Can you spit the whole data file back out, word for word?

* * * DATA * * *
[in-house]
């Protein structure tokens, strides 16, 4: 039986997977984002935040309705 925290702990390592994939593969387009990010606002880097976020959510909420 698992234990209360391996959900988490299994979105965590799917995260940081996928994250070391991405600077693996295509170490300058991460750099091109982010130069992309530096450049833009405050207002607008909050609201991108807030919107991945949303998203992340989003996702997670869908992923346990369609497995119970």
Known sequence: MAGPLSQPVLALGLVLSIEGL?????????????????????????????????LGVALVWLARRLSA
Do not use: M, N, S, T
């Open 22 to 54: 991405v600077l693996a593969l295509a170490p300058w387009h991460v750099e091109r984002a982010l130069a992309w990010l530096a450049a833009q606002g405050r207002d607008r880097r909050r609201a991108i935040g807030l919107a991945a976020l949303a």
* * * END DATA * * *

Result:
[in-house]
């Protein structure tokens, strides 16, 4: 039986997977984002935040309705 925290702990390592994939593969387009990010606002880097976020959510909420 698992234990209360391996959900988490299994979105965590799917995260940081996928994250070391991405600077693996295509170490300058991460750099091109982010130069992309530096450049833009405050207002607008909050609201991108807030919107991945949303998203992340989003996702997670869908992923346990369609497995119970």
Known sequence: MAGPLSQPVLALGLVLSIEGL?????????????????????????????????LGVALVWLARRLSA
Do not use: M, N, S, T
């Open 22 to 54: 991405v600077l693996a593969l295509a170490p300058w387009h991460v750099e091109r984002a982010l130069a992309w990010l530096a450049a833009q606002g405050r207002d607008r880097r909050r609201a991108i935040g807030l919107a991945a976020l949303a």